Bronze diabetes

Bronze diabetes

Chris Schach

Author Bio -

Key Points
*Genetic condition, commonly known as Bronze diabetes
*Condition results from genetic mutations which cause the body to overabsorb iron, the excess of which is deposited in the organs
*Primarily affects the liver, as well as the pancreas, heart, endocrine glands, and joints
*Cutaneous symptoms consist of an increase in skin Pigmentation to slate grey or brown/bronze color, scaling, thinning and potential body Hair loss

Hemochromatosis is a genetic condition, commonly referred to as Bronze diabetes. The condition causes the body to absorb excessive amounts of iron. Unlike the normal body process, the excess iron is not eliminated through waste, but deposited in the organs, most often the liver, but sometimes in the heart, pancreas, endocrine glands, or joints. The primary cutaneous symptom is an increase in skin pigmentation, to a slate grey or brown/bronze color. This will most often occur in areas which are subject to sun exposure. Hyperpigmentation may be accompanied by scaling, thinning of the skin, and potential body Hair loss, often in the pubic area. Additionally, affected persons may experience koilonychias (thinning and inward spooning type reshaping of the nails). Other areas of the body will be affected by iron deposition as well, and may result in enlargement of the liver (which can lead to cirrhosis or liver failure), diabetes mellitus, cardiomyopathy, reproductive and sexual issues, and general malaise. Symptoms typically develop over time as iron builds up in the system.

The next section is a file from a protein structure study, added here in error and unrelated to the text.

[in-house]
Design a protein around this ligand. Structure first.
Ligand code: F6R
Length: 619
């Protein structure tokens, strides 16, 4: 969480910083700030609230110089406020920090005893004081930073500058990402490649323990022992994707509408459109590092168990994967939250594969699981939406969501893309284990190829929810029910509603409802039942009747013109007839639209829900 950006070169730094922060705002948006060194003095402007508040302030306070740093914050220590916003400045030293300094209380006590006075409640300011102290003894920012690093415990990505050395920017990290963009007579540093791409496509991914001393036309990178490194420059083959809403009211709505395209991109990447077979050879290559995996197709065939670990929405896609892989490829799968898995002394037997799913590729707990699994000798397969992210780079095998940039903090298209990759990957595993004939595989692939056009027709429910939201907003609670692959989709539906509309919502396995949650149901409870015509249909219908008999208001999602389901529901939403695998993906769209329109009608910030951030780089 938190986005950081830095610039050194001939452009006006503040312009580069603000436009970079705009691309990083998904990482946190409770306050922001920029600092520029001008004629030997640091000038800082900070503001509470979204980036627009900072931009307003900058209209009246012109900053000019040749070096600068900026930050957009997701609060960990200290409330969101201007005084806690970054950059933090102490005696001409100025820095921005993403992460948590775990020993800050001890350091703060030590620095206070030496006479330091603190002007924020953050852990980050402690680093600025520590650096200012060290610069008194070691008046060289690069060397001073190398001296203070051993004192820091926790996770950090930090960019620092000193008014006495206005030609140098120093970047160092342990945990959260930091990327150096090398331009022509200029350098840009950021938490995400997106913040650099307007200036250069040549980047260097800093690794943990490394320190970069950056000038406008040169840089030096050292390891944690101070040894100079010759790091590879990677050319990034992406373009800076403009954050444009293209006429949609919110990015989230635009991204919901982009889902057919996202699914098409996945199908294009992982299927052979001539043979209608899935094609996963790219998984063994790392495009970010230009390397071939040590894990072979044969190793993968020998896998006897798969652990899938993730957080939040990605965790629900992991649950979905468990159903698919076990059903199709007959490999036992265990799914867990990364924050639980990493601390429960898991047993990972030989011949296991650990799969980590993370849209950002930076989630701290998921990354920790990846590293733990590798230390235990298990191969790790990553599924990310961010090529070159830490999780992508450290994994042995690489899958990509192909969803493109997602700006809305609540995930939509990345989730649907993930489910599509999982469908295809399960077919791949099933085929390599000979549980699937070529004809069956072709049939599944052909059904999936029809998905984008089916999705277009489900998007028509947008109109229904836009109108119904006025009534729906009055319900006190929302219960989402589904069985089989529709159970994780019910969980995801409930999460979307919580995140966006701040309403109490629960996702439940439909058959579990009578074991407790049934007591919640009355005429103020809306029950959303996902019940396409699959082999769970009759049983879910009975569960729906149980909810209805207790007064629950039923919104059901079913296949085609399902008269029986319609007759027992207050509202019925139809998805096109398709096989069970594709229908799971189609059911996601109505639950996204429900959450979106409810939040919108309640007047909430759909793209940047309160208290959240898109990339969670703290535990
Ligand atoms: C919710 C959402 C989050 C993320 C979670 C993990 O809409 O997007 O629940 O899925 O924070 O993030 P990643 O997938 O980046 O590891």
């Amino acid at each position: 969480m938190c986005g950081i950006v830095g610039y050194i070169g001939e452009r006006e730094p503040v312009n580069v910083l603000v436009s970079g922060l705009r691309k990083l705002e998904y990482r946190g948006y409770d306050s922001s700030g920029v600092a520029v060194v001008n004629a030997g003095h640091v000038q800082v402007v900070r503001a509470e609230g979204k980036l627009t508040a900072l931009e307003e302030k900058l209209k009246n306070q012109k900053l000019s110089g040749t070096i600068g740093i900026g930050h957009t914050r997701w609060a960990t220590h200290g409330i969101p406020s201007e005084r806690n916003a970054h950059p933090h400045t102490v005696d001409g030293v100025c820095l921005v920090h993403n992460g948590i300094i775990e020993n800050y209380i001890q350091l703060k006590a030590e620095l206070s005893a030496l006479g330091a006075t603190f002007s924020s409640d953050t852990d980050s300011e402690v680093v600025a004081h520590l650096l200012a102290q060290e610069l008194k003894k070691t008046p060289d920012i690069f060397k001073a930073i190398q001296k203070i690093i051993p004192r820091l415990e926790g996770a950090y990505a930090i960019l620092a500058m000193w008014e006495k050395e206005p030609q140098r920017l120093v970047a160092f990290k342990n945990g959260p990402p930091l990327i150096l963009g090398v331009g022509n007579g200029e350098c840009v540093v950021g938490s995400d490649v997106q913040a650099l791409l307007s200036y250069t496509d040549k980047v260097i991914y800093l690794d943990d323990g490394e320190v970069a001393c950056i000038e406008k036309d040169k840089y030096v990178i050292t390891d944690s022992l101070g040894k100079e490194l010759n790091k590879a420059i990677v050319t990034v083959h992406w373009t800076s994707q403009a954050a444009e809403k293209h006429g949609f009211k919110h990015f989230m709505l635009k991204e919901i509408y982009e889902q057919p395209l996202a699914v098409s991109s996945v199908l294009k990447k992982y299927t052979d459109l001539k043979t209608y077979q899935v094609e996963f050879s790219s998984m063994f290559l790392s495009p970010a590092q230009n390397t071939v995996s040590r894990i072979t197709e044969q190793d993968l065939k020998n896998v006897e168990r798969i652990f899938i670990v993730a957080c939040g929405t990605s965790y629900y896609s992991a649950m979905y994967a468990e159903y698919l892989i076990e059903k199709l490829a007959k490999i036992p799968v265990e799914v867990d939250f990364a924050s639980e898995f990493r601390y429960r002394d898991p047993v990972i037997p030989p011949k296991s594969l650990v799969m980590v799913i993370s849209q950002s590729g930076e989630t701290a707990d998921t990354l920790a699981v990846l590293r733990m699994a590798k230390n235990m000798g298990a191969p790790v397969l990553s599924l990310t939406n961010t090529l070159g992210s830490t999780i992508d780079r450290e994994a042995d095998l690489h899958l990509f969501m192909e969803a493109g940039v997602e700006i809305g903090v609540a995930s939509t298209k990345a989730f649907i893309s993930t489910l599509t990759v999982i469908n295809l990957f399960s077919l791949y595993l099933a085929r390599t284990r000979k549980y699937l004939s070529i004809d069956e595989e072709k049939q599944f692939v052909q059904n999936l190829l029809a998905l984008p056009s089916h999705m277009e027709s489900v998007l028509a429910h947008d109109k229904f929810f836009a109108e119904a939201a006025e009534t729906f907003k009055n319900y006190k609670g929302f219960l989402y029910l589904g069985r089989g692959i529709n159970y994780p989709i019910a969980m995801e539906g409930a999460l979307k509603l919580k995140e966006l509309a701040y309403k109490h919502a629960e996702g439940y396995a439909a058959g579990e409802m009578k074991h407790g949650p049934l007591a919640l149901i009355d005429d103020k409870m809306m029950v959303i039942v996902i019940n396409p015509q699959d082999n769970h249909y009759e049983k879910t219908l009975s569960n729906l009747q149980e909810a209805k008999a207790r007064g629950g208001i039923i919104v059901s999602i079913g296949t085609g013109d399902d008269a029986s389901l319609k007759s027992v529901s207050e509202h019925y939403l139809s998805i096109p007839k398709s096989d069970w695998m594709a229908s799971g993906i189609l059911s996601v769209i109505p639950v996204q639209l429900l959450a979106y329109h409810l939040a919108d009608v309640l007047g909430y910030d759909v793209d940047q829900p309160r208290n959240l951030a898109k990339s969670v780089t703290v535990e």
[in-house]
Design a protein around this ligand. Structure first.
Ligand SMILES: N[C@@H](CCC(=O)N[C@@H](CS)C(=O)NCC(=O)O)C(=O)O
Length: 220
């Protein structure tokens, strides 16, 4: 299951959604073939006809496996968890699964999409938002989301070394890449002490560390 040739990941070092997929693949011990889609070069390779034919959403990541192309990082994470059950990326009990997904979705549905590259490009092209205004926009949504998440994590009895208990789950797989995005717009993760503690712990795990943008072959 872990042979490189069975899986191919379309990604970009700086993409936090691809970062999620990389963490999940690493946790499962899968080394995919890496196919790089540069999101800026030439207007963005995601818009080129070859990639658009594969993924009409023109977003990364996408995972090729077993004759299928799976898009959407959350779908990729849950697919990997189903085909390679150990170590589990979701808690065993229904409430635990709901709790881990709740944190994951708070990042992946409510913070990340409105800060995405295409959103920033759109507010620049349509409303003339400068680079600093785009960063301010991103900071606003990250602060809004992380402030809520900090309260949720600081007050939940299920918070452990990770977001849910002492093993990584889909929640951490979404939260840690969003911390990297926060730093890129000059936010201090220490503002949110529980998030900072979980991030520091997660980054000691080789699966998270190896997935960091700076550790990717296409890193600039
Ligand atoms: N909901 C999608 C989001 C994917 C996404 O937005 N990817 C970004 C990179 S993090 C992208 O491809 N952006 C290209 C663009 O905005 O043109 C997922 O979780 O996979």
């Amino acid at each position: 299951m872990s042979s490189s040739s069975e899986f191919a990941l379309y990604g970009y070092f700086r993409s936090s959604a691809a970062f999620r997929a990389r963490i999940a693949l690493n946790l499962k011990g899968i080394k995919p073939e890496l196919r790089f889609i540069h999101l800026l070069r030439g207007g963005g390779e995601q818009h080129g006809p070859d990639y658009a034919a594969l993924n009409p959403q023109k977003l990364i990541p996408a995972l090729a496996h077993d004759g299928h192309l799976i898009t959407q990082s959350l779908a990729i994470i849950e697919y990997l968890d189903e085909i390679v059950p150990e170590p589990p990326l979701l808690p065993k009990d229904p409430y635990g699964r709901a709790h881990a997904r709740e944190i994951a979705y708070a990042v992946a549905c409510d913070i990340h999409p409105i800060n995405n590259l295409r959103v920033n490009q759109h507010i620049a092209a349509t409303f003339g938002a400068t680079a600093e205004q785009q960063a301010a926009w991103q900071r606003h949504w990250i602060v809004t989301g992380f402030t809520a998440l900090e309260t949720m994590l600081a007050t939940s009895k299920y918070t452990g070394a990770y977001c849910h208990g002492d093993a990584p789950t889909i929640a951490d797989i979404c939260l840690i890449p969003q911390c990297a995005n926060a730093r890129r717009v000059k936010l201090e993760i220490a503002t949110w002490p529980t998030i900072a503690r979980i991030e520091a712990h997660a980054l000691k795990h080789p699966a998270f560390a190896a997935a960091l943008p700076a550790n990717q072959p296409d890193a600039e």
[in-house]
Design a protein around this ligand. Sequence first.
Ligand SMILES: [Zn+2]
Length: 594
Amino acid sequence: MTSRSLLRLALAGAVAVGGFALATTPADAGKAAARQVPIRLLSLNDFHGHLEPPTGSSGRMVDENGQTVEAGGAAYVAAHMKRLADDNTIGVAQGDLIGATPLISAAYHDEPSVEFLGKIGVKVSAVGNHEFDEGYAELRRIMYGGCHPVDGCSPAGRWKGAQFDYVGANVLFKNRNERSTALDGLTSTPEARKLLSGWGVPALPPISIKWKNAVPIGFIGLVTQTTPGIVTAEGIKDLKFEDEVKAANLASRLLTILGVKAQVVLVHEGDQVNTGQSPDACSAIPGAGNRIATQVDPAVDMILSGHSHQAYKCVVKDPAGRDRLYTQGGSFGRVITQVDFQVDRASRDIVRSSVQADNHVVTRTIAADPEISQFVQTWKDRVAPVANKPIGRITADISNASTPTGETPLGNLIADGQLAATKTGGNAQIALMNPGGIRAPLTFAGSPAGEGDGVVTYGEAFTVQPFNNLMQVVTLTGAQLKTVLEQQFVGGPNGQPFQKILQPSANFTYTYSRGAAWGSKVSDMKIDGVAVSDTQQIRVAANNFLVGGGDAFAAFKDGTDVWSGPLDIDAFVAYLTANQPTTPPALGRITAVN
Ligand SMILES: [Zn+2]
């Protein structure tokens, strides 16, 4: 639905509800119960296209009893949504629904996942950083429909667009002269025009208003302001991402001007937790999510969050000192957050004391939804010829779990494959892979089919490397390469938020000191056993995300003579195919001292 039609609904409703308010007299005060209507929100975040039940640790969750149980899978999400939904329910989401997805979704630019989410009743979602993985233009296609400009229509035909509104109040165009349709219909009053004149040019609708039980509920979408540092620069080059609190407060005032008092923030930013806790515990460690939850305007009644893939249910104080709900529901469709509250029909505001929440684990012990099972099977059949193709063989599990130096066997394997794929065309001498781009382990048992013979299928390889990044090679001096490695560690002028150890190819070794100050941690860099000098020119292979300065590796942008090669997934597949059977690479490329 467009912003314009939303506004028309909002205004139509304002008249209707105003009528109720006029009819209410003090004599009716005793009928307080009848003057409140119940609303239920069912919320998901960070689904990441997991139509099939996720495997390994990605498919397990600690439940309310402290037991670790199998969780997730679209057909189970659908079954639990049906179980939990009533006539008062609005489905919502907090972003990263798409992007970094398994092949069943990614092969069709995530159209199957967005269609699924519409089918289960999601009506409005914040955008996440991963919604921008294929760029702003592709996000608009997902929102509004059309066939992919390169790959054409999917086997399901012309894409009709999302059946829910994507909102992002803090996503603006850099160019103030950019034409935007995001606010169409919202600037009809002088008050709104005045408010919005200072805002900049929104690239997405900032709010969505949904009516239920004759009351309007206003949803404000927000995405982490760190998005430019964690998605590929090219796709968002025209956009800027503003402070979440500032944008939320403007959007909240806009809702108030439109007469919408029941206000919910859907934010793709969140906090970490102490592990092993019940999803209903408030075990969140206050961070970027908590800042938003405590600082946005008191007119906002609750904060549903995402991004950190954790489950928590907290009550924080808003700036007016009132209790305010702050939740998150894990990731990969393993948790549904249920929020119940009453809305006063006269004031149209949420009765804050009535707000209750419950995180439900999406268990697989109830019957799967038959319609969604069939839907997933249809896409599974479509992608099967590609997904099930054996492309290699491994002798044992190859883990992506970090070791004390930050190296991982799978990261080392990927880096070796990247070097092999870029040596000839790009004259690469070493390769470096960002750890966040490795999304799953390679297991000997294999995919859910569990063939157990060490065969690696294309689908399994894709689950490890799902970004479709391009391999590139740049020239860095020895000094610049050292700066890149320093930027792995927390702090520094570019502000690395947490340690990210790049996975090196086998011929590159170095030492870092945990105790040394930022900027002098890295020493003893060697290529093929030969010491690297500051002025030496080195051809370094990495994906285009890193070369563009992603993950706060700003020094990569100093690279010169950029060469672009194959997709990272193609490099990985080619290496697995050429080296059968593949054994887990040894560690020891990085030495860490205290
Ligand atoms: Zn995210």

Hemochromatosis is caused by a genetic mutation. Persons who receive the defective gene from both parents will develop Hemochromatosis, while those who receive the gene from one parent become carries who can pass the gene to their own children. Additionally, persons affected by Porphyria cutanea tarda may carry the gene mutation. The condition is quite common in whites, with one in ten persons carrying one mutated gene.

Differential Diagnosis (Other conditions with similar appearance)
Hemolytic Anemia
Thalassemia, Beta
Biliary cirrhosis

Key Points
*Initial diagnosis is based on clinical presentation of symptoms in conjunction with family history
*Genetic tests will be performed to confirm diagnosis
*Blood and serum tests will be performed to determine the extent of the condition

Hemochromatosis is initially diagnosed based on the clinical presentation of symptoms along with an examination of family history. Genetic testing will be performed to confirm the diagnosis. Blood and serum tests will also be performed to determine the extent of the condition

*Treatment typically consists of removal of iron in the blood by venesection therapy
*Goal of treatment is to return iron levels to normal and maintain those levels
*Early detection is key to preventing permanent damage

Treatment of Hemochromatosis is typically accomplished by removing excess iron from the blood through a process called venesection therapy. This involves the removal of blood on a scheduled basis, as frequently as once per week in severe cases. Regular venesection will be performed until iron levels return to normal, and lifelong treatments will be required to maintain normal levels. Early detection is extremely important to prevent permanent complication resulting from the condition. Dietary measures, while not a cure, may also help in alleviating symptoms, including reduction of alcohol intake, red meat intake, and avoiding the use of vitamin supplements.

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